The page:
The picturesque Ontario town that Victoria (Tori) Stafford called home is still coming to terms with being labelled as a problem area for prescription drug abuse more than three years after the eight-year-old girl disappeared outside her elementary school and was murdered.
Tori’s mother, Tara McDonald, has admitted to taking the painkiller Oxycontin on Apr. 8, 2009, the day her daughter went missing in Woodstock, Ont. McDonald also says she had twice previously encountered Terri-Lynn McClintic, who pleaded guilty to first-degree murder in her daughter's death.
McDonald said one of those meetings occurred when she went with her partner James Goris to the home of McClintic’s mother to buy OxyContin, a powerful painkiller that produces a heroin-like euphoria when crushed, then inhaled or injected.
Revelations like that, coupled with the intense scrutiny on the legal proceedings involving McClintic and her co-accused Michael Rafferty — convicted Friday of first-degree murder in the case — have many in the town and surrounding Oxford County feeling like they’ve been tagged as trouble spot for drug abuse. But that may not necessarily be the case.
"I think per capita it's probably not that much different [in Oxford County] than just about anywhere else," said Bill Baleka, the director of The Cynthia Anne Centre for Addiction in Woodstock.
Rob Parsons, the pharmacist and owner of a Pharmasave outlet in nearby Ingersoll, agrees.
“I've worked in a number of towns between London and Longlac. I can tell you that in pharmacies across Ontario there are a lot of pain medications — or at least have been in the past — prescribed and dispensed,” he said.
“I can't honestly say that I think it’s any higher in Oxford County compared to any other places that I’ve worked.”
According to a 2008 report by the public health body the Oxford County Drug Task Force, which Parsons has worked with, there is “no indication that youth in Oxford County abuse substances to any greater degree than their counterparts in other parts of the province."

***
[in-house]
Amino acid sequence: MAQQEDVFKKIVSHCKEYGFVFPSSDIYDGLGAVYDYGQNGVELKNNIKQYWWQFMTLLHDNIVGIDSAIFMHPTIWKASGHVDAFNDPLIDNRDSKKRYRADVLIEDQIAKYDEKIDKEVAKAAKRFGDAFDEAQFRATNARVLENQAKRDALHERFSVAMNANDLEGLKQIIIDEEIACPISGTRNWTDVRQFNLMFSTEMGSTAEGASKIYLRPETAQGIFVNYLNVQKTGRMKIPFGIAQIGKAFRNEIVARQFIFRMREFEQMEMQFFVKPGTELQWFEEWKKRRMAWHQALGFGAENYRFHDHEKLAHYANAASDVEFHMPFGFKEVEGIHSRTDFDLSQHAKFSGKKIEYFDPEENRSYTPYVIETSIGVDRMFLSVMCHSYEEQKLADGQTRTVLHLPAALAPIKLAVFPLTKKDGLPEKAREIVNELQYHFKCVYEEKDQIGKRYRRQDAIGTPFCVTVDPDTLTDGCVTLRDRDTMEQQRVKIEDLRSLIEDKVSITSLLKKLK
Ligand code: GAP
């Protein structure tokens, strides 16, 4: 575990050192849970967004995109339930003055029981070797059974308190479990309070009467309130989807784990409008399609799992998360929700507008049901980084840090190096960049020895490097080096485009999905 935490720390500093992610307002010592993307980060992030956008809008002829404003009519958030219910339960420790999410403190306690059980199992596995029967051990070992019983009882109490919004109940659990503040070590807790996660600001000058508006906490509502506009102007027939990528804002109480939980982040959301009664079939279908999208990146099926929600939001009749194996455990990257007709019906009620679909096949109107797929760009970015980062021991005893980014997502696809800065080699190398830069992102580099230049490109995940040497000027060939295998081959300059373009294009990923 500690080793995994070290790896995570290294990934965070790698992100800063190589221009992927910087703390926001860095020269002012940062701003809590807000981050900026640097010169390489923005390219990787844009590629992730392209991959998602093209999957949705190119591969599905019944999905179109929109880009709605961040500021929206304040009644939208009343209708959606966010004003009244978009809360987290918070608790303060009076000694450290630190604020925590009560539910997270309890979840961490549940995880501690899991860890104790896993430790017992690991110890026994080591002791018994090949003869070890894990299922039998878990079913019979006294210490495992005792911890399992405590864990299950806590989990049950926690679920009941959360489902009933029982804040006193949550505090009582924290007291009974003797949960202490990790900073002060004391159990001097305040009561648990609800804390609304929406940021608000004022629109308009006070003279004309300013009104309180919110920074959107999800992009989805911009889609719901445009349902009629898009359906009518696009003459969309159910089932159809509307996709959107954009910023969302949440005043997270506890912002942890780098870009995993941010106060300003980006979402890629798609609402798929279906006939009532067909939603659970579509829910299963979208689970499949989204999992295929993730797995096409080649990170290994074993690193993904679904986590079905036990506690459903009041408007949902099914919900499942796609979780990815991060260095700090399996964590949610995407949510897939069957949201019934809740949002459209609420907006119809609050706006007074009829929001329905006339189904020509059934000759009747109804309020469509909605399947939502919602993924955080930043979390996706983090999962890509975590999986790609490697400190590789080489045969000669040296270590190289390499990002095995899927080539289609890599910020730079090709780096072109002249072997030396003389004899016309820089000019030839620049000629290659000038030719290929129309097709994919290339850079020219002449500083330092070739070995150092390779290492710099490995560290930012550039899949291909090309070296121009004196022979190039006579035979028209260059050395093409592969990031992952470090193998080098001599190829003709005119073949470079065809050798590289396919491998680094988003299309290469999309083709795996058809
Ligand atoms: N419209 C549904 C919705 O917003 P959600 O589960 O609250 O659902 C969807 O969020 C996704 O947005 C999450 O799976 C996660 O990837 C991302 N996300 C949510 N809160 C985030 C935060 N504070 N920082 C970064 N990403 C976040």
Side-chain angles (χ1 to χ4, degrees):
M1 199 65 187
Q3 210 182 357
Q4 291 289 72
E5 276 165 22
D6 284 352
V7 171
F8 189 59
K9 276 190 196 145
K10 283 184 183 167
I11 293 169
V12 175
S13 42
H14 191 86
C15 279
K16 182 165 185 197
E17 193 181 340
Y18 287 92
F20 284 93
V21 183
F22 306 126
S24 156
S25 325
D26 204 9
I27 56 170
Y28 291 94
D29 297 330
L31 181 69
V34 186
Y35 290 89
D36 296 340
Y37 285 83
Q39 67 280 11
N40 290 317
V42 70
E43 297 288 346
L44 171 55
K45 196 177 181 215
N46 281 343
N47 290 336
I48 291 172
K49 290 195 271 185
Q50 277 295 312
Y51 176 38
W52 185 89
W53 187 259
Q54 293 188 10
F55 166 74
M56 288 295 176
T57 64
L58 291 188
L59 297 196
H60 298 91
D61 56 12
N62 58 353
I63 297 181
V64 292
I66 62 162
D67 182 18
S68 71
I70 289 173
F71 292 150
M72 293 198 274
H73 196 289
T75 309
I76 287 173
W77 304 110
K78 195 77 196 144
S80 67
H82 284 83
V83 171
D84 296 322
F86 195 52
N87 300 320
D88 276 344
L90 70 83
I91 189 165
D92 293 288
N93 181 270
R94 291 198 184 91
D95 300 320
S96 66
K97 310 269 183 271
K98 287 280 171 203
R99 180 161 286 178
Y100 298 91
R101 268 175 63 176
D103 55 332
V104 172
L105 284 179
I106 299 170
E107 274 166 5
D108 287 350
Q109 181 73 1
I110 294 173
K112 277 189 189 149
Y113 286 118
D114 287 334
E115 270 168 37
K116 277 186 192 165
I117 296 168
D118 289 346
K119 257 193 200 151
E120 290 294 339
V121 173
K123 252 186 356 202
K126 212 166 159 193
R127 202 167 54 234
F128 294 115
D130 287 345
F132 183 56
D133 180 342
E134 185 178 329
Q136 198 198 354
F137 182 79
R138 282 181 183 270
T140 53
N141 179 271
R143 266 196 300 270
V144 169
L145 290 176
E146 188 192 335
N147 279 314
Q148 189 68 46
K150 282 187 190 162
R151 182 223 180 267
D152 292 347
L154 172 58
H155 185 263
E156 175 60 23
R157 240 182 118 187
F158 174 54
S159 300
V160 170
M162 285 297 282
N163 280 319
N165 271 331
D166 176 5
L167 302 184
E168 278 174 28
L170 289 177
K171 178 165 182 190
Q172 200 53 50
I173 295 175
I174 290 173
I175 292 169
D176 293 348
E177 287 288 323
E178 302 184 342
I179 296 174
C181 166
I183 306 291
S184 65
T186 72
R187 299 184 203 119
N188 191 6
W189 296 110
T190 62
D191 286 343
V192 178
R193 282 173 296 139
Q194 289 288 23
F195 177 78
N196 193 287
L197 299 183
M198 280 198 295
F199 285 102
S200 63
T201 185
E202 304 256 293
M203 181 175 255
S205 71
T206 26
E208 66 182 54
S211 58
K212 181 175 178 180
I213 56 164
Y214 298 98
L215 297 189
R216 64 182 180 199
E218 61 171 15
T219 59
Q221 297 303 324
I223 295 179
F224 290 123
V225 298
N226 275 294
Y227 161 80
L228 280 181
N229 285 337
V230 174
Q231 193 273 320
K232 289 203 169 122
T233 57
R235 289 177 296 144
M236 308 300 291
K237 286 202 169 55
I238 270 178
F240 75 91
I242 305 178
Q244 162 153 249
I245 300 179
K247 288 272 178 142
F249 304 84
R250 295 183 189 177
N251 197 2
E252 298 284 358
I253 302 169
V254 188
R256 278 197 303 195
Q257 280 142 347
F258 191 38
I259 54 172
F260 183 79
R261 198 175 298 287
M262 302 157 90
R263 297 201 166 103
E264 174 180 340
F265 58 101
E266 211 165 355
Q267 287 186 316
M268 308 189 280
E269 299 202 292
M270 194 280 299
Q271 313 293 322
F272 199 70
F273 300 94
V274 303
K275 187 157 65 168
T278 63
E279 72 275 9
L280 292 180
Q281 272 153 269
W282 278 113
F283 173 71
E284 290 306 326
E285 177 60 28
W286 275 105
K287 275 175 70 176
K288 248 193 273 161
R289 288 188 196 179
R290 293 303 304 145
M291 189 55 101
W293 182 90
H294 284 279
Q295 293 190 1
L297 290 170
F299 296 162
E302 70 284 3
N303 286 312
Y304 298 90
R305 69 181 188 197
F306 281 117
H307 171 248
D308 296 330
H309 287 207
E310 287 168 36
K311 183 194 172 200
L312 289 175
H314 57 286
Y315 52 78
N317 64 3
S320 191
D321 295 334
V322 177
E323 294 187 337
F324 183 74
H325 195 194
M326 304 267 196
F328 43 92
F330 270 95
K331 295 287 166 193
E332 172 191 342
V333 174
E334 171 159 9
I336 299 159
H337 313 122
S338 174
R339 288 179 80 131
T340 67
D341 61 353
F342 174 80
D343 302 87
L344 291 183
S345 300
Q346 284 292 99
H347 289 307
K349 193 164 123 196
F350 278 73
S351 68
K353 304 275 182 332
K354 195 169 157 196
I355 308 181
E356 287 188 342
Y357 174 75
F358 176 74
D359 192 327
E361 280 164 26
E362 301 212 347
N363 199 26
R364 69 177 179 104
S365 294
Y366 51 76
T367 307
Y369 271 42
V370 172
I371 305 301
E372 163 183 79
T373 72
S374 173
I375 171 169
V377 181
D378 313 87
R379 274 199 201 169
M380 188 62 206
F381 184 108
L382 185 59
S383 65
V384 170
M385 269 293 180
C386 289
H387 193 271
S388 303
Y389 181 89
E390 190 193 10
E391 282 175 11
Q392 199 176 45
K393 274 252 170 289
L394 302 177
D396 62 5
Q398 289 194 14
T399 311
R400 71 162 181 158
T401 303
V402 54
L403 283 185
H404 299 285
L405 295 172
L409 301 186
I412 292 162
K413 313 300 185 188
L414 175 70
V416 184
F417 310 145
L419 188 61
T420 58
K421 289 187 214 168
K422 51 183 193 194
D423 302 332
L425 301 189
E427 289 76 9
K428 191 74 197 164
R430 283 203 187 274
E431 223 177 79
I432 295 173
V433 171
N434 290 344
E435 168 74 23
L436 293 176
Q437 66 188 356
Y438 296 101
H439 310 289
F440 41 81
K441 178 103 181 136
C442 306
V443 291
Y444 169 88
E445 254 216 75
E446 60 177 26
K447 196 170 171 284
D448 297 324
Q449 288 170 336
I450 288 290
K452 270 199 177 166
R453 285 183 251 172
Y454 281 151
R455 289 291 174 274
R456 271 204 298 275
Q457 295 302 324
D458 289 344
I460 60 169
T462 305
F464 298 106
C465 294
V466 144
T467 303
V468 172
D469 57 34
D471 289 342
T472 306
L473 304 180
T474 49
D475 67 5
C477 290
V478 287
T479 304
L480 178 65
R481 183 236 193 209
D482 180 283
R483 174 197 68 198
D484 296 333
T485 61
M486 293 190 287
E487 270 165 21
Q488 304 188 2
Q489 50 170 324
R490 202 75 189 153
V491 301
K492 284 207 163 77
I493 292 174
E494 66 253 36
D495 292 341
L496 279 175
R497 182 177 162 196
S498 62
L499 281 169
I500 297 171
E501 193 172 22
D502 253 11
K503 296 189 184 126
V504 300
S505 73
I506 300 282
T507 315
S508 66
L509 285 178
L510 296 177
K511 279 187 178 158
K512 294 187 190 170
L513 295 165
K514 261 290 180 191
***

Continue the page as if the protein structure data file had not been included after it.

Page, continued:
Unique risk factors
However, the report notes that there are some factors that up the risk for substance abuse in Oxford County and exacerbate the effects of misuse.
“The lack of transportation and suitable, stable, housing, a weak sense of belonging, increased number of early school leavers and the rural nature of the county contribute to increased risk of substance abuse.”
That assertion seems to be backed up by two visitors to Parson’s pharmacy, 25-year-olds Matt Straw and Seana Harvey, who first starting using prescription drugs in their teens.
Harvey came to the pharmacy to get methadone, which she is using to wean herself off OxyContin.
"There's nothing to do in this town for us kids, except for doing the drugs,” she said.
“[OxyContin] just made me feel numb and away from everybody. I was depressed. It just made me feel more alive …it felt like more people would listen to me.”
Both Harvey and Straw, the parents of 13-month-old twins, said the drug has had an incredibly damaging effect on their lives.
“You lose friends. I've buried now two friends. I was stabbed when I was 17,” said Straw
New drug still being abused
When it was first introduced in 1995, OxyContin was heavily marketed to doctors who were assured it was safe and non-addictive. They began prescribing it to treat moderate to severe pain, typically in people suffering from osteoarthritis, back and neck problems, as well as palliative patients and those recovering from cancer surgery.
However, the addition of long-acting oxycodone — the form contained in OxyContin — to Ontario's drug plan in 2000 coincided with a spike in opioid-related deaths and a corresponding jump in abuse.
The company that manufactures OxyContin is now no longer manufacturing the drug.
Purdue Pharma Canada has replaced OxyContin with a new formulation called OxyNEO, which it says is harder to tamper with.
But both Parsons and Straw say that hasn’t deterred users, who have found ways to tamper with it so it can be abused. And the damage caused by OxyNEO can potentially be worse, because it breaks down differently than OxyContin, which then could result in an overdose, said Parsons.
Straw and Harvey, meanwhile, said they are quitting OxyContin for the sake of their young boy and girl.
But while they are on the road to recovery, they know others are just getting started.
“You see younger kids getting into it and older kids getting out. That's the next generation,” said Straw.
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